Friday, 09 October 2015  -  25 Dhul-Hijjah 1436 H
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Low dowry has its own negative effects

JEDDAH – Young Saudi men who launched an online campaign this week against soaring marriage costs are hoping to stir up debate in Saudi society and elicit a decision from the government to put a limit on dowry.
The campaign slogan “Let her become a spinster!” reflects the frustration of Saudi men who would like to settle down and raise a family, but just don’t have the means to get started.
“We should find solutions for the high cost of marriage and the dowry problem,” said Mansour Bin Askar, Professor of Islamic Studies in Riyadh’s King Saud University, commenting on the increasingly popular campaign on websites like,, and
“These days many young Saudi men simply cannot afford to get married. That is what this campaign is all about,” said Askar.
Dowry amounts can go into the hundreds of thousands, depending on a family’s status. However, most Saudi families generally demand a dowry of SR50,000 for the bridal wear and jewelry.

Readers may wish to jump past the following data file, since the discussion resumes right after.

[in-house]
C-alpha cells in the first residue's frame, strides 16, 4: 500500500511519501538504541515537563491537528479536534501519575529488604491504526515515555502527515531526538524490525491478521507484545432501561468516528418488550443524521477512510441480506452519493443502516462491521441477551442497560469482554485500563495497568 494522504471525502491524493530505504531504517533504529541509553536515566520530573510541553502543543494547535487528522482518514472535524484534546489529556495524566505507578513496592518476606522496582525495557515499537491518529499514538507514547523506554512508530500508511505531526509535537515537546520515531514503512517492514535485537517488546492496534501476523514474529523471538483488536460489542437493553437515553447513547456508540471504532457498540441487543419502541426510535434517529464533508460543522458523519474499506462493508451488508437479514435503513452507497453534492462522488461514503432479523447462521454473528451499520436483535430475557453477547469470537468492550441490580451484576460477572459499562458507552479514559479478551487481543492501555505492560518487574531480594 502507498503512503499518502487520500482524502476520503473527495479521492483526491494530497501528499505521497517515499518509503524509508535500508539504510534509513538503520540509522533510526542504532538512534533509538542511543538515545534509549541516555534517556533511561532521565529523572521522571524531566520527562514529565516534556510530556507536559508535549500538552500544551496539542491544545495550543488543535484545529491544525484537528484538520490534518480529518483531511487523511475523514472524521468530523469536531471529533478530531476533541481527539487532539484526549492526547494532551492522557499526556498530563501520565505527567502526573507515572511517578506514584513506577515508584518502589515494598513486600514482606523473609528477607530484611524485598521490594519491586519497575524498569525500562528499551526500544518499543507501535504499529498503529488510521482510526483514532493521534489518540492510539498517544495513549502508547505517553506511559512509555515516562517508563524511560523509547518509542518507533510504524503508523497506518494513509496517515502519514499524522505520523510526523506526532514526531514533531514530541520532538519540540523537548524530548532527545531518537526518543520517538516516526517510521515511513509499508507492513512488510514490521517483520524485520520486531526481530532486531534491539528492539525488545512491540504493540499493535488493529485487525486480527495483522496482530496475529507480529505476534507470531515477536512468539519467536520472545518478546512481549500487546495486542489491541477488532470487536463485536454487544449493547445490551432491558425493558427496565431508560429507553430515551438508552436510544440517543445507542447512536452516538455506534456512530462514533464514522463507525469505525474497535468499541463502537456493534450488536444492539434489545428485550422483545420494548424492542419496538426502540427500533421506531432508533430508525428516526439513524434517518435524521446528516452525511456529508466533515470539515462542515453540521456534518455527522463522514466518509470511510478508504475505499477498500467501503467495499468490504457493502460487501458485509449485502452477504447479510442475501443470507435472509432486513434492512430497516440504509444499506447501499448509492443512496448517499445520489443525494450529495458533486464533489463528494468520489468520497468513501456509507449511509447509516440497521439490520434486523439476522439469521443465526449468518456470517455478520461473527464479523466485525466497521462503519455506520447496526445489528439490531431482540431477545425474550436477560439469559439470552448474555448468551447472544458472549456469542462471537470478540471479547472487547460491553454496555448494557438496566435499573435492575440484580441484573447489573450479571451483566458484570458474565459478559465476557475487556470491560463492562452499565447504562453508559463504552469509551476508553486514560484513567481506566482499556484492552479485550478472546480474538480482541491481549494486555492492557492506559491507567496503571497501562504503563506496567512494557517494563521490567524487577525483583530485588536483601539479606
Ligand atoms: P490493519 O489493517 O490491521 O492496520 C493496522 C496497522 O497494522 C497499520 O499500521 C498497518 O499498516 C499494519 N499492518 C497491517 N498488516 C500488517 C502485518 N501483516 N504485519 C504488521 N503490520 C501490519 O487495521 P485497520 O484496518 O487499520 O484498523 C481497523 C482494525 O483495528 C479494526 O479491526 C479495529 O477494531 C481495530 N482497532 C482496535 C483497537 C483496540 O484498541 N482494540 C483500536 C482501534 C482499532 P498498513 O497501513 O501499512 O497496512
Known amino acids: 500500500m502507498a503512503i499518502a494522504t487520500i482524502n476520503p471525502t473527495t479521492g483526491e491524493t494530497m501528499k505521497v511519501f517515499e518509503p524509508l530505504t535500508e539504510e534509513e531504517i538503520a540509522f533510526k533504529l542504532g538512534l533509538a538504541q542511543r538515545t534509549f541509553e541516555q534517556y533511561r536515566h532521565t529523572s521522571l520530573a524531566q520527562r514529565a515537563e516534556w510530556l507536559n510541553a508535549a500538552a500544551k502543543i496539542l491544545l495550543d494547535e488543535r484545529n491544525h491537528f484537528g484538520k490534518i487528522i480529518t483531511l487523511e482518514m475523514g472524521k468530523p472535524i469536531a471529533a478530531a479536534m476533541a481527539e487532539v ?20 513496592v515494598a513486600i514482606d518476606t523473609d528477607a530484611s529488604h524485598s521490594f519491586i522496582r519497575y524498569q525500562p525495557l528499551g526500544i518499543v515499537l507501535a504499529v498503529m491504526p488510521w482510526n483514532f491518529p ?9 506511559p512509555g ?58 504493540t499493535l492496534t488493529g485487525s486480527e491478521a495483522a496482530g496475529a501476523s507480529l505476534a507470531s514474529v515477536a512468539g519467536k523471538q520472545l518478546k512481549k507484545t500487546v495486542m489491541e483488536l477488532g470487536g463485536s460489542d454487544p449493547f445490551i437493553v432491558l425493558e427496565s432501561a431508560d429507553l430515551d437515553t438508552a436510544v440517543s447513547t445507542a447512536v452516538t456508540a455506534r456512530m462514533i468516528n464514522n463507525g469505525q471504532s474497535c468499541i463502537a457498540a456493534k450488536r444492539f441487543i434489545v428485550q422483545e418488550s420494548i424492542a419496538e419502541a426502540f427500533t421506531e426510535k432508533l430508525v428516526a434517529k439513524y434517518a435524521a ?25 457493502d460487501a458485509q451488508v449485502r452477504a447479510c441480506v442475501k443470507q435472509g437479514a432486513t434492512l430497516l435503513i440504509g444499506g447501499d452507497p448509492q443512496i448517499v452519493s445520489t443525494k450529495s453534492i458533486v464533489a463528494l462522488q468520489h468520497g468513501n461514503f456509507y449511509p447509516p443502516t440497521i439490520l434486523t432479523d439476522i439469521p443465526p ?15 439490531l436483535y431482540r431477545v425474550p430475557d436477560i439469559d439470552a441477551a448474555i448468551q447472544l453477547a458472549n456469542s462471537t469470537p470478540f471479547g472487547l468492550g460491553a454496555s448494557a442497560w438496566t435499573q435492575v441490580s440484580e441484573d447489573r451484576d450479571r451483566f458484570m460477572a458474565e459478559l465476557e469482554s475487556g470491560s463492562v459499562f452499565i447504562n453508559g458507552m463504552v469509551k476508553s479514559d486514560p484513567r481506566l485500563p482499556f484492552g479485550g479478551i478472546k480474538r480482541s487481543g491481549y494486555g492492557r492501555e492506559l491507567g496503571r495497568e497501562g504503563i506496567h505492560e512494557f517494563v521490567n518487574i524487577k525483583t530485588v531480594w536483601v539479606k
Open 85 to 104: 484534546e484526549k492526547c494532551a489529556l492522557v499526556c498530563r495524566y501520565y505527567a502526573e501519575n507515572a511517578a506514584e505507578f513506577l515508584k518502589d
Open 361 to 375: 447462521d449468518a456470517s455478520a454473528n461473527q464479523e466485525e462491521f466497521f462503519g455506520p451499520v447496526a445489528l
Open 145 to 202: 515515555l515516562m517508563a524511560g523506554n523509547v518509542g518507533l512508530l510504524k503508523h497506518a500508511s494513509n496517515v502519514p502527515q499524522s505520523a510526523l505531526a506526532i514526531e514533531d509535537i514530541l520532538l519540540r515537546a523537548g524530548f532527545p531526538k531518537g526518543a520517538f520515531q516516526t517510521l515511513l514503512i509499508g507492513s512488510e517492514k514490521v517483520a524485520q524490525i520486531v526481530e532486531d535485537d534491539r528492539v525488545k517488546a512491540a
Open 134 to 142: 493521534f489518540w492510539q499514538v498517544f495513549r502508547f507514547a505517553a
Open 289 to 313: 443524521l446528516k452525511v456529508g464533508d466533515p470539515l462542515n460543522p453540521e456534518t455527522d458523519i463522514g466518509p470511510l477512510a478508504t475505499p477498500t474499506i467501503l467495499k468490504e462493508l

According to Askar, SR50,000 is quite reasonable in these days of high inflation.
Askar narrated one instance of how low dowry had a negative effect.
In 1974, the Zahrani tribe in the south of the Kingdom decided to decrease the amount of dowry to SR3,000 so as to enable young Zahrani men to marry.
However, when this happened a large number of men started to get married and then divorced several times, Askar said.
“The head of the Zahrani tribe discovered that Saudi men do not appreciate a woman if her dowry is too low, which is why he decided to raise the dowry again,” said Askar.
The Shariah does not specify the amount of the dowry leaving it up to the bride’s family.
While religious experts have confirmed the need to decrease the dowry amount, some young Saudi men, especially those of tribal origin, remain keen on marrying Saudi girls despite the high dowries.
Abdul Aziz Al-Utaibi,who has just graduated from a nursing college and is looking for a job, is one such young Saudi man.
“I appeal to the Saudis who have started the campaign to stop it. On the one hand a dowry of SR50,000 is high, especially for newly graduated students, but on the other, the bride needs to buy a lot of things and she cannot do so with the way prices keep rising.”
Mnala Sobhi, a Saudi housewife from Makkah, agrees that dowry should be decreased, especially if the man is young and has just graduated from university. “In the Western Province, the situation is different. For example, my husband gave SR25,000 as dowry and bought gold worth SR8,000.”
“Society, especially the tribes, should make it easier for young Saudis to get married,” she said. – SG
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